We took a bus yesterday from Phonm Penh to Kampong Cham, a distance of about 150Km which took about 3 hours (including a scheduled stop about half an hour from the destination). The bus station, like most other commercial activity in PP, is a streetside activity, with a few comfy seats provided as a waiting room on the pavement alongside the 25 motorbikes parked there. The journey itself was quite an experience, with some rather risky overtaking by the bus driver keeping us on our toes… definitely not a bus journey for sleeping, given that he tooted his loud horn every 100m or so, whenever there was a bike/motorbike/lorry/car ahead .. the horn seemed to mean ‘get out of my way’ and it worked most of the time. The countryside we passed through was a mixture of scrub, rice paddies and dry fields (I was quite surprised to see these), with lots of coconut and banana trees. It was very very flat. Houses, mainly wooden and on stilts, were unpainted for the most part, with equal numbers thatched in a traditional way (coconut rushes?) or with a manufactured roof (tiled or corrugated iron). As in Phonm Penh, the road takes all the traffic, with a mixture of livestock, mangy dogs, bikes, motorbikes, tuk tuk, buses, lorries and pedestrians all competing for space and going in different directions. I did not see any 30 mph speed limits in built up areas! At the midway stop, we were descended on my hordes of kids sent to sell fruit to the bus passengers. A beautiful young Khmer girl with a fantastic big smile made a beeline for the group of Europeans and started chatting in good English. She looked around 12 but said she was 17. She captivated all of us with her ready smile and good manners – the selling of pineapple was completely coincidental.
Kampong Cham sits right on the Mekong. It has been an important landing stage and crossing point (recently bridged with Japanese aid) for many hundreds of years. The Cham people are Muslims of Malay origin and so there are quite a few mosques around here. During the Middle Ages the Chams were frequent combatants against the Khmer and the Vietnamese, but lost out more often than they won and so their home area is not quite small. The streets here are wide, with a particularly nice boulevard (French colonial administrators laid this out) down at the river. Everything here is much more lazy. .the pace is obviously much slower. We hear no horns beeping away, while the wide streets can comfortably accommodate all the traffic, with the same lack of rules of the road as in PP! The place reminds me of Kuala Terengganu 35 years ago! That doesn’t mean people are not up for every trick. I got my hair cut in a barber shop near the market today, and I am sure that the ‘barang’ (literally French, but means now any European) price was at least twice the local price. Tom, an American volunteer in Kampong Cham, met us at the bus ‘station’, helped us get to the Hotel Mekong and then showed us to a ‘Western style’ cafe where we got some Western style food. I was too tired and hot to care and was pleased to curl up in bed, with an overhead fan providing some relief from the intense humid heat, but also keeping me awake. At least the rooms are clean and the shower is good! I am sharing again with Ingran, the young paediatrician who is going further up-country.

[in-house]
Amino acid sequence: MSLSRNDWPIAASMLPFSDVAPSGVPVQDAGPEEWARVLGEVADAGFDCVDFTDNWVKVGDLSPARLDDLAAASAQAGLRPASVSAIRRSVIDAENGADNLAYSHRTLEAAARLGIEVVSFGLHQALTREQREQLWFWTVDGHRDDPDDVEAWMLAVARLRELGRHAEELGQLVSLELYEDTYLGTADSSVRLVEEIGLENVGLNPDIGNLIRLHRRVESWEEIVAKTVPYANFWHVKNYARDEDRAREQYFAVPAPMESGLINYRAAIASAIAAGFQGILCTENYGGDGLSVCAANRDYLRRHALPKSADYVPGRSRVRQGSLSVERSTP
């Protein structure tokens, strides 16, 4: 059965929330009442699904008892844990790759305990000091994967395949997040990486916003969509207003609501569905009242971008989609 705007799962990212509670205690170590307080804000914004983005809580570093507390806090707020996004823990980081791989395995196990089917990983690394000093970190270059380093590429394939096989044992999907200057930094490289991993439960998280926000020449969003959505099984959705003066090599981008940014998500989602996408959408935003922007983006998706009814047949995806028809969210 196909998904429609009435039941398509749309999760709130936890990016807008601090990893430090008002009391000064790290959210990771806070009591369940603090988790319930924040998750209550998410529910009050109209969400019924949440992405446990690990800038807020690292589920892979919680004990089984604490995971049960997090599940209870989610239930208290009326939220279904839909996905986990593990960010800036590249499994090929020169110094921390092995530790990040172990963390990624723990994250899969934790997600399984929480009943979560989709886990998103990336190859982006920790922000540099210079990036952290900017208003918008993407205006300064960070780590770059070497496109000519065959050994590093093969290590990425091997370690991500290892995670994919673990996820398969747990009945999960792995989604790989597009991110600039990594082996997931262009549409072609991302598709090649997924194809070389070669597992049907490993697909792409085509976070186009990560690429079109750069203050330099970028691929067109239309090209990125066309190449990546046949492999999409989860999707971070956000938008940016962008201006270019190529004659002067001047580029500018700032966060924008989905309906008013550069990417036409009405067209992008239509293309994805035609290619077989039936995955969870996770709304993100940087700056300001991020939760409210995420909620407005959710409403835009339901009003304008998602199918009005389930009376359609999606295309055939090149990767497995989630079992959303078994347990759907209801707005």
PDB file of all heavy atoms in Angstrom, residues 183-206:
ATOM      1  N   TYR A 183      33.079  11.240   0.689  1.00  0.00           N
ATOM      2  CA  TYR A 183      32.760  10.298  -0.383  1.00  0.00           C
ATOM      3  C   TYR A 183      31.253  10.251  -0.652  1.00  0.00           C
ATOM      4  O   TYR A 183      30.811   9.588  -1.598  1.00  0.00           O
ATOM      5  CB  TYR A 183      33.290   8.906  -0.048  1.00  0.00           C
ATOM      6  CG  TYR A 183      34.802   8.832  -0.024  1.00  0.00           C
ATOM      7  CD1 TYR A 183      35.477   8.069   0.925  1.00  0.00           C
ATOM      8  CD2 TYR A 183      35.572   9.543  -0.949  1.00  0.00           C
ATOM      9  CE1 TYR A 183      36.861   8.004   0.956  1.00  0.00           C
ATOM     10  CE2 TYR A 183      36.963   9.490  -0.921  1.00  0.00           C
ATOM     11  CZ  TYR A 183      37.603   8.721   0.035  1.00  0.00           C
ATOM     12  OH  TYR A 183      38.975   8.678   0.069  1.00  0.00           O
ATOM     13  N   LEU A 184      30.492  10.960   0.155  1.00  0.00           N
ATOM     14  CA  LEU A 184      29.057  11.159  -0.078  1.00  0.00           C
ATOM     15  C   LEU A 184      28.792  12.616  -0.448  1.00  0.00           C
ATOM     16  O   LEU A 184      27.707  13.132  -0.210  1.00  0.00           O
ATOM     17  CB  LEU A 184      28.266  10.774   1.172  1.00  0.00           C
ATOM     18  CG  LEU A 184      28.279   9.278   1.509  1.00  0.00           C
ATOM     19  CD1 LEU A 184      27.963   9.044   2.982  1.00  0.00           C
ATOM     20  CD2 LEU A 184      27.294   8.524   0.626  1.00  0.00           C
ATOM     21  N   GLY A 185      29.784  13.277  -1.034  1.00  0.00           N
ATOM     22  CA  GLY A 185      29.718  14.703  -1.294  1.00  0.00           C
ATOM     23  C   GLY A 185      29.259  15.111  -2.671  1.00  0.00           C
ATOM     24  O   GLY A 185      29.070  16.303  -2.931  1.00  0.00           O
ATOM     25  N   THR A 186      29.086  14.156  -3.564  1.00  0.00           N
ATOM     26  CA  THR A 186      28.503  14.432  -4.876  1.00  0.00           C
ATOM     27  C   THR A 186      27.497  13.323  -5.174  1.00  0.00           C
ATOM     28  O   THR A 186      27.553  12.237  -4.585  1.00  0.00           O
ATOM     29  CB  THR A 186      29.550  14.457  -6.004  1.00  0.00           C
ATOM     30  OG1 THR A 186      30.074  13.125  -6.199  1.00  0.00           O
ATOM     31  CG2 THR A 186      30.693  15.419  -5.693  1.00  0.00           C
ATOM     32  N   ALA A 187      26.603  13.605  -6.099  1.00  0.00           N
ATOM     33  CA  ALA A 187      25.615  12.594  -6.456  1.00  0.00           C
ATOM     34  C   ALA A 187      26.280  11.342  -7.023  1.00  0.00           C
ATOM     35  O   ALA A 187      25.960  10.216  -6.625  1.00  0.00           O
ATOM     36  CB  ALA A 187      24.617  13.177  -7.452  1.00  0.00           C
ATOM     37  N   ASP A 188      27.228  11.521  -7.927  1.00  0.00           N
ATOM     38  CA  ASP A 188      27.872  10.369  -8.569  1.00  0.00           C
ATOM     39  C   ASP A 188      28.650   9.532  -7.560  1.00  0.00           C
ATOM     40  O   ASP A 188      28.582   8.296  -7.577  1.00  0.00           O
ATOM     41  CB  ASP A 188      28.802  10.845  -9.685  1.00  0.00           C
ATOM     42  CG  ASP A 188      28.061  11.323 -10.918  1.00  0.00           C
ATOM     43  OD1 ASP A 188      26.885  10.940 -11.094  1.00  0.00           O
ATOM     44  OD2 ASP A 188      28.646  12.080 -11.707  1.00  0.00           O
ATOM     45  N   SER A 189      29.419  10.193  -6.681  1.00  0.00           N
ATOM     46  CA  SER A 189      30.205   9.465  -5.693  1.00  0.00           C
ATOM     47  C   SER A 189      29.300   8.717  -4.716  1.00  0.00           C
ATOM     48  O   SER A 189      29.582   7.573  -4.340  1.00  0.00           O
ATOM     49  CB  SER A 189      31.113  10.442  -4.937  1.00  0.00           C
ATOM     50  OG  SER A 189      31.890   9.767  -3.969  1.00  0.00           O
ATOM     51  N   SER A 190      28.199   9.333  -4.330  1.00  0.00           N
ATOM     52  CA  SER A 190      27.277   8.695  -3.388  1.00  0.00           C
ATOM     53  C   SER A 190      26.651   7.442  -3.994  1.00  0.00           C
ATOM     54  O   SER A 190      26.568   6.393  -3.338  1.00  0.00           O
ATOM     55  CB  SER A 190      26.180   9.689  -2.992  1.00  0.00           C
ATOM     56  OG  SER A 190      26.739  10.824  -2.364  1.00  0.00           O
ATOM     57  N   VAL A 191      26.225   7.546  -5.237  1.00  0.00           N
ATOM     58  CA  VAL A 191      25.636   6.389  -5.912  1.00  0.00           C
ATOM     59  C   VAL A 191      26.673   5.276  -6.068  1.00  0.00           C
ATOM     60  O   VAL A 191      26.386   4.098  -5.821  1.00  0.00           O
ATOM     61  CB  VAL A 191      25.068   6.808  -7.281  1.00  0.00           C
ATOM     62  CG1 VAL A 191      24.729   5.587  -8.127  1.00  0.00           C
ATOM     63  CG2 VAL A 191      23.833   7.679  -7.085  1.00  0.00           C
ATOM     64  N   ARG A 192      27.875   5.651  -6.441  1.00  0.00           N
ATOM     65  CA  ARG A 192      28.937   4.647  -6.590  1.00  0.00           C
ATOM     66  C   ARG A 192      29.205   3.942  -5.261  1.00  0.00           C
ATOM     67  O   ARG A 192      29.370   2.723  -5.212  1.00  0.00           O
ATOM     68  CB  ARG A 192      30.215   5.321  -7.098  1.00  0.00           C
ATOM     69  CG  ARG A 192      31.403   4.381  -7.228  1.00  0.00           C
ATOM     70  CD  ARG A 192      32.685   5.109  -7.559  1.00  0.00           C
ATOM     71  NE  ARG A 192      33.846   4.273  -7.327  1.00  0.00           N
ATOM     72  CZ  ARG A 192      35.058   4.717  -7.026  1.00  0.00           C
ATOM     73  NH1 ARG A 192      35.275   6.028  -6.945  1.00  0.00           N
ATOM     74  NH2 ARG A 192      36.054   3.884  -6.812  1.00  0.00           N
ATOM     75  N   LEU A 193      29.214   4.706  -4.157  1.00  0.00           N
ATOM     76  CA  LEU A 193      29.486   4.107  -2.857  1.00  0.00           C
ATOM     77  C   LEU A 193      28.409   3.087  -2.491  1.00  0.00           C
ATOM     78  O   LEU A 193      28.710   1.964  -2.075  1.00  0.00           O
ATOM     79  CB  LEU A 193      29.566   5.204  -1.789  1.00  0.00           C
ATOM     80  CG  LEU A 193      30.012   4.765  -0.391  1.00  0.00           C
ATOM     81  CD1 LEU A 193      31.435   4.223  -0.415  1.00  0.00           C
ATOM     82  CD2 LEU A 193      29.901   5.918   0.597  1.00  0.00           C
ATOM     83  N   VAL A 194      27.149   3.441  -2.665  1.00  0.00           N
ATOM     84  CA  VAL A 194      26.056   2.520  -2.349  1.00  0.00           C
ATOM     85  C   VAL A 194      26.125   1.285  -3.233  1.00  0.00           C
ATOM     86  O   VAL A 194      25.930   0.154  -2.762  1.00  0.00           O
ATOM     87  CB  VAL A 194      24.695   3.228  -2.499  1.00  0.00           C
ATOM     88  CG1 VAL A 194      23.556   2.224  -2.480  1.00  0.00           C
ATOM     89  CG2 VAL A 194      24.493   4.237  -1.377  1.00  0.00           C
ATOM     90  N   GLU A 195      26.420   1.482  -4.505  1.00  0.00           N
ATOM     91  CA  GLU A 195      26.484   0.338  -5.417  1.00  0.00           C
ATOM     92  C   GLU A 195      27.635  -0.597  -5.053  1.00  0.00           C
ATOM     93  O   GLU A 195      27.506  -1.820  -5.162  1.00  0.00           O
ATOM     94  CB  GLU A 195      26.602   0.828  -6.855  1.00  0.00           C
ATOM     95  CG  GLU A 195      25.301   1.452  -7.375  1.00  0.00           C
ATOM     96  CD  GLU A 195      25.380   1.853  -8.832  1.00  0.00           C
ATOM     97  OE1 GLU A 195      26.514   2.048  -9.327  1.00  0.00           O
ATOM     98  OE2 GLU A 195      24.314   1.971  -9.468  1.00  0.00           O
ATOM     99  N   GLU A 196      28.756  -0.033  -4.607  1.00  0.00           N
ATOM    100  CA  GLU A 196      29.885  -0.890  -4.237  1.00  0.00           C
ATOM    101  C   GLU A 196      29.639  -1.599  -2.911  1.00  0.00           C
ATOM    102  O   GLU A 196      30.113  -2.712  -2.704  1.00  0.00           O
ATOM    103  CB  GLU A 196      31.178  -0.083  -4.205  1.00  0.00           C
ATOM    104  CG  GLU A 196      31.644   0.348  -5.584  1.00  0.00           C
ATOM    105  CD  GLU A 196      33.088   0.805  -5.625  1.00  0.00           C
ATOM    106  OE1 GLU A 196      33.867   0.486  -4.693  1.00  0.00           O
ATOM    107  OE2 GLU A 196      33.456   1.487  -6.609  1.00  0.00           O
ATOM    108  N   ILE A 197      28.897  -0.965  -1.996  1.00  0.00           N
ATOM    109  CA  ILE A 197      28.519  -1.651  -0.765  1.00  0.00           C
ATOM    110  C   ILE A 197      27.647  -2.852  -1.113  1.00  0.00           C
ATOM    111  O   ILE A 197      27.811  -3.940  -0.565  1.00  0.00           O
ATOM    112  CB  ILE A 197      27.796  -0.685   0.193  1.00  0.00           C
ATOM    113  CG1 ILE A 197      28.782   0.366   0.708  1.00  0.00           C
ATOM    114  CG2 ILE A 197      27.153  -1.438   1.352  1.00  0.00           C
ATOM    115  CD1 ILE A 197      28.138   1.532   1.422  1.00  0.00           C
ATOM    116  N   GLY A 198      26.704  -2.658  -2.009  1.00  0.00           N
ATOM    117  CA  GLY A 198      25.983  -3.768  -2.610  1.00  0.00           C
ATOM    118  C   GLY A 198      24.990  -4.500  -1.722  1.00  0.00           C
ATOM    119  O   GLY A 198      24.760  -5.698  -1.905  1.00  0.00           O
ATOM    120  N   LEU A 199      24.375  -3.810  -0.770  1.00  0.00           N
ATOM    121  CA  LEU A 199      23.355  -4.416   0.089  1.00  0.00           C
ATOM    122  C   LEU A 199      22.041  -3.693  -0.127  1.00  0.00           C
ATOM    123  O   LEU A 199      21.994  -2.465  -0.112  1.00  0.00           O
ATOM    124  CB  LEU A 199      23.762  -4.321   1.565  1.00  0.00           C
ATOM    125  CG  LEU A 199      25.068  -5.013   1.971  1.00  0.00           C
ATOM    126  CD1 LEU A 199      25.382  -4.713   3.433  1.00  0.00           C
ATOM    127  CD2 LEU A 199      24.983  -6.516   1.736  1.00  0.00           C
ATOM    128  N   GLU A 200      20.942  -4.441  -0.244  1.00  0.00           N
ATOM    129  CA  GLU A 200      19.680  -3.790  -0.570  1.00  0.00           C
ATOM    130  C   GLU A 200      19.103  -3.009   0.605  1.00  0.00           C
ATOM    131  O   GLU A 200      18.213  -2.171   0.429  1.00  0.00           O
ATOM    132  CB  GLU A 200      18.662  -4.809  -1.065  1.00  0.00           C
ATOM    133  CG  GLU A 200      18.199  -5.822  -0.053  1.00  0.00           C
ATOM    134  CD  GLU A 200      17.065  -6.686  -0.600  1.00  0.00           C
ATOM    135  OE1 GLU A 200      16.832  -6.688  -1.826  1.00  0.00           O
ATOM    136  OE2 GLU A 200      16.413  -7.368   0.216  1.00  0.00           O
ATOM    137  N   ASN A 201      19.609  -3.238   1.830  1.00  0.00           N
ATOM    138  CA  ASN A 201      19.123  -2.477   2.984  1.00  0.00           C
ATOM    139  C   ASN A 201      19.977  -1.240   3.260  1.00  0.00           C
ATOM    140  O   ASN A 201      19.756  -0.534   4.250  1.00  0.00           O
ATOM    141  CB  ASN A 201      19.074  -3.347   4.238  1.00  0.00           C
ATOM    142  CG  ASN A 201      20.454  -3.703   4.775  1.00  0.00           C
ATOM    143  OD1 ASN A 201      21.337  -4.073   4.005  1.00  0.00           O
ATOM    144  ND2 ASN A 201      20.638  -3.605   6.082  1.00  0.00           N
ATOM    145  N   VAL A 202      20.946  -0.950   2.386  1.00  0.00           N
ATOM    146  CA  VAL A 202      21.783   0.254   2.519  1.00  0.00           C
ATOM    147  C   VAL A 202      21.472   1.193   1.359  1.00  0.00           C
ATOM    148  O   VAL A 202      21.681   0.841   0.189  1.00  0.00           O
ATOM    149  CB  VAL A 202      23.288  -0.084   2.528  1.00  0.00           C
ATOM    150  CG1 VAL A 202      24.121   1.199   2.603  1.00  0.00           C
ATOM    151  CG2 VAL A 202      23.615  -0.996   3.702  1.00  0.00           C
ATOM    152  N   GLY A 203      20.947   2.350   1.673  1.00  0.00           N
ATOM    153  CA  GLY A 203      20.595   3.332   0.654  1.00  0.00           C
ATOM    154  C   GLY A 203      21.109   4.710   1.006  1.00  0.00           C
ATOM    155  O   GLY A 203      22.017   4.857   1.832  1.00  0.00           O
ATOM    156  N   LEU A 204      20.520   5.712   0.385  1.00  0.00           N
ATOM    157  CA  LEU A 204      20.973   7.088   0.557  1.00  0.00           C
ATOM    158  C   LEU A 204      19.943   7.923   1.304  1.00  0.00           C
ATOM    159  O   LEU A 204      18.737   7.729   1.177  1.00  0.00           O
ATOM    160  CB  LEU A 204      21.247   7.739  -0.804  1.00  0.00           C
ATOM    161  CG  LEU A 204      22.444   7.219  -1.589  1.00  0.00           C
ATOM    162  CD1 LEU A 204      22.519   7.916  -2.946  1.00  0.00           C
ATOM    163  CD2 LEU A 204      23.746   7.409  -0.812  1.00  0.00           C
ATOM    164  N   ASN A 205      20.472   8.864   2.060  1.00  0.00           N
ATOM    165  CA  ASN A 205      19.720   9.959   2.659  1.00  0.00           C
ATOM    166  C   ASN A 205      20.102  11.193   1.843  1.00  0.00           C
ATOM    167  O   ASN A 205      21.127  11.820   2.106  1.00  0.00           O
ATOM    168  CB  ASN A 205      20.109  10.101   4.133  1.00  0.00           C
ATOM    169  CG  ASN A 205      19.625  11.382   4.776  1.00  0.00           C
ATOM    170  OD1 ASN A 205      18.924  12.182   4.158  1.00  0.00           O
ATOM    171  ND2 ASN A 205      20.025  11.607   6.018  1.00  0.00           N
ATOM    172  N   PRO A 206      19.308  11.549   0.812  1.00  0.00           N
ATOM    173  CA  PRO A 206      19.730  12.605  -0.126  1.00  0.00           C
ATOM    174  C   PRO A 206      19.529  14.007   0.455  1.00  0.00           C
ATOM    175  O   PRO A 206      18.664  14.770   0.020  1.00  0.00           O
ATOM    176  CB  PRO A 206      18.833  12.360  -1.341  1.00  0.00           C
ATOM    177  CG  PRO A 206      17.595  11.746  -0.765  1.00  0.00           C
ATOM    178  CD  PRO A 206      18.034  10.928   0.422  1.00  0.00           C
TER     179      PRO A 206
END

In the morning we had breakfast in the hotel, with the best baguettes, by a long way, that I have had since I arrived! Despite the additional expense I think this is a good investment and will certainly do it again. We cycled down the river about 15 minutes to get to the school where the language classes are held. The teacher is a Khmer man called Dara, in his early 50s, who lost his father in the Khmer Rouge time and spent 12 years in a Thai border refugee camp. He has very good English, having worked in the camp, and has been teaching volunteers Khmer for at least 15 years. He has a good teaching style and understood how to respond to the different levels of success different people were having. The everday Khmer we are learning has no tenses or plurals (hallelujah!) and so once you have a few subjects (we were taught and practised all the pronouns), a few verbs (I think we learned 8 or 10) and some objects, together with a couple of prepositions, conjunctions and adjectives…. you’re away. We gaily made up sentences about people who liked eating fried rice in London, but ate boiled rice in Phonm Penh and had a lot of money in Battambong. It’s a bit like ‘I’m sorry I haven’t a clue’ really, except we’re not very funny. Anyway in a class of eight we made remarkable progress in the 3 hours teaching in the morning, and we then practised in the afternoon, running a little points based competition to see who could remember some of the words and phrases quickest and fastest.
Here are a couple of short video clips. The first one shows the inside of the classroom as we took our break and the second the sleepy crossroads beneath the school (Western International School – a rundown looking little place on two stories with three classrooms on each of two floors). Some children attend what looks like a summer day-school, or could just be a playscheme, in one or two of the downstairs classrooms so the small building may be getting more use than Lornshill did in the summer! They greeted us with ‘hello. what is the time?’ and lots of big wide smiles.
On returning back to the hotel, I decided not to have lunch as I am eating far too much rice and not getting any exercise at all! Meantime Joan and I had a very nice skype conversation for 25 minutes of so, while she finished off her breakfast. I’ll explore a bit more in Kampong Cham later in the week and give a more detailed description. It’s quite a laid back place, a bit like the laid back lazy river Mekong that’s pouring millions of gallons of water downstream outside our door. Here s a couple of pictures: